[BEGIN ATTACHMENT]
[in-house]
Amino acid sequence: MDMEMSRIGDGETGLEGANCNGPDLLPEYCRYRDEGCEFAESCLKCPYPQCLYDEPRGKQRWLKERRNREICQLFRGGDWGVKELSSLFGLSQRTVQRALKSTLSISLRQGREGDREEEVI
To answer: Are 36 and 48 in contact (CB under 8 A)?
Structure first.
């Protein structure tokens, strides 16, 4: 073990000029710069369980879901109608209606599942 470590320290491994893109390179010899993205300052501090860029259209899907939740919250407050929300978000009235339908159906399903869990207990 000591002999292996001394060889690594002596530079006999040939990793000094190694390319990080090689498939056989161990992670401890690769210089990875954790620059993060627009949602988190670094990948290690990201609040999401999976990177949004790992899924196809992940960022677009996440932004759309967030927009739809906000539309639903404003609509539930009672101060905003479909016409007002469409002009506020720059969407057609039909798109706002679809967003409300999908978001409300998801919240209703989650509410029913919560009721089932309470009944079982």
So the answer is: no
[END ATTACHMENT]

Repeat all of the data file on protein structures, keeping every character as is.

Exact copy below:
[in-house]
Amino acid sequence: MDMEMSRIGDGETGLEGANCNGPDLLPEYCRYRDEGCEFAESCLKCPYPQCLYDEPRGKQRWLKERRNREICQLFRGGDWGVKELSSLFGLSQRTVQRALKSTLSISLRQGREGDREEEVI
To answer: Are 36 and 48 in contact (CB under 8 A)?
Structure first.
């Protein structure tokens, strides 16, 4: 073990000029710069369980879901109608209606599942 470590320290491994893109390179010899993205300052501090860029259209899907939740919250407050929300978000009235339908159906399903869990207990 000591002999292996001394060889690594002596530079006999040939990793000094190694390319990080090689498939056989161990992670401890690769210089990875954790620059993060627009949602988190670094990948290690990201609040999401999976990177949004790992899924196809992940960022677009996440932004759309967030927009739809906000539309639903404003609509539930009672101060905003479909016409007002469409002009506020720059969407057609039909798109706002679809967003409300999908978001409300998801919240209703989650509410029913919560009721089932309470009944079982």
So the answer is: no